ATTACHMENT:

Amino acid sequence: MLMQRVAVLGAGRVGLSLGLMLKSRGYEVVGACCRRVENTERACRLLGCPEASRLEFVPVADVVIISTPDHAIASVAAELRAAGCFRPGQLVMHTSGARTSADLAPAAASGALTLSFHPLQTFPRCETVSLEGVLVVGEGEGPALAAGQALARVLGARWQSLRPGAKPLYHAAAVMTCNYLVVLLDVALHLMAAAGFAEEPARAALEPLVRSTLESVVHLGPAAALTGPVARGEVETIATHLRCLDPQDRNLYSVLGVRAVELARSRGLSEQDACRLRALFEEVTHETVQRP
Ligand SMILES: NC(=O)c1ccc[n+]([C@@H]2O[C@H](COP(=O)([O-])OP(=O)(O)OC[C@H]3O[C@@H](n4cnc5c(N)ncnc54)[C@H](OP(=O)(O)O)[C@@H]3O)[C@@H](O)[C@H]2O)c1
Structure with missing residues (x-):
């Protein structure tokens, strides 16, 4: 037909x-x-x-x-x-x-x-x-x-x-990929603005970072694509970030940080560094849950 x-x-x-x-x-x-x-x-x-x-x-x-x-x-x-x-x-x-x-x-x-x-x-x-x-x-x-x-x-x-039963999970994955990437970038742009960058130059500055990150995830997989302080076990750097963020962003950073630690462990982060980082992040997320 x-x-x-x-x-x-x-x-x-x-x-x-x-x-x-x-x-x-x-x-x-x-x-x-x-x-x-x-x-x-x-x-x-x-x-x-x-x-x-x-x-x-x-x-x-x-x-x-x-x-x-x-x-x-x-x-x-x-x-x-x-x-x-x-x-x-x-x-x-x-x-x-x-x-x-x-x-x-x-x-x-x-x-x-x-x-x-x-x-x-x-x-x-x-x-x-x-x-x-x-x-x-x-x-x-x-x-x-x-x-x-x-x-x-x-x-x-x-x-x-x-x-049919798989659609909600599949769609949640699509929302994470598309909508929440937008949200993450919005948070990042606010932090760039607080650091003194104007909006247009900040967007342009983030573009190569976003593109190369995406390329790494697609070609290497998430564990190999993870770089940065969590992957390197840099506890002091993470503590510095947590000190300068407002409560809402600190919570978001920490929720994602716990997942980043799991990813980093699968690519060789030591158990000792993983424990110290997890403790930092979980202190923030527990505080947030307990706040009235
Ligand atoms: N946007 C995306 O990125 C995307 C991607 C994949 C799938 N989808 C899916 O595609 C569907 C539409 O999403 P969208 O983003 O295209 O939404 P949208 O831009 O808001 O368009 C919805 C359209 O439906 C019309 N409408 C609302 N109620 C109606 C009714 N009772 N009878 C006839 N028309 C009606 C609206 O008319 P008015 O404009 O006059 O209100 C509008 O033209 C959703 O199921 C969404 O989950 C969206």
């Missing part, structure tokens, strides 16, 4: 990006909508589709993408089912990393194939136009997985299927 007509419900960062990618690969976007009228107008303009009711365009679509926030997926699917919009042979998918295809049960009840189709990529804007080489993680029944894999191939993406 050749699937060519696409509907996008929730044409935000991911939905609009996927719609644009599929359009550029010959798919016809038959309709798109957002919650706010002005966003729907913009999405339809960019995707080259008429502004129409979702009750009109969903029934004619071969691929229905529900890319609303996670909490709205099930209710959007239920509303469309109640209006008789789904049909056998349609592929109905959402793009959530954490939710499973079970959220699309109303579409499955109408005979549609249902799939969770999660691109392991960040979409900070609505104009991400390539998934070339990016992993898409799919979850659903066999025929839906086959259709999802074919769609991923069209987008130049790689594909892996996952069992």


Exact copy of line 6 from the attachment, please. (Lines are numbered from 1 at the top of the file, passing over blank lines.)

């Missing part, structure tokens, strides 16, 4: 990006909508589709993408089912990393194939136009997985299927 007509419900960062990618690969976007009228107008303009009711365009679509926030997926699917919009042979998918295809049960009840189709990529804007080489993680029944894999191939993406 050749699937060519696409509907996008929730044409935000991911939905609009996927719609644009599929359009550029010959798919016809038959309709798109957002919650706010002005966003729907913009999405339809960019995707080259008429502004129409979702009750009109969903029934004619071969691929229905529900890319609303996670909490709205099930209710959007239920509303469309109640209006008789789904049909056998349609592929109905959402793009959530954490939710499973079970959220699309109303579409499955109408005979549609249902799939969770999660691109392991960040979409900070609505104009991400390539998934070339990016992993898409799919979850659903066999025929839906086959259709999802074919769609991923069209987008130049790689594909892996996952069992």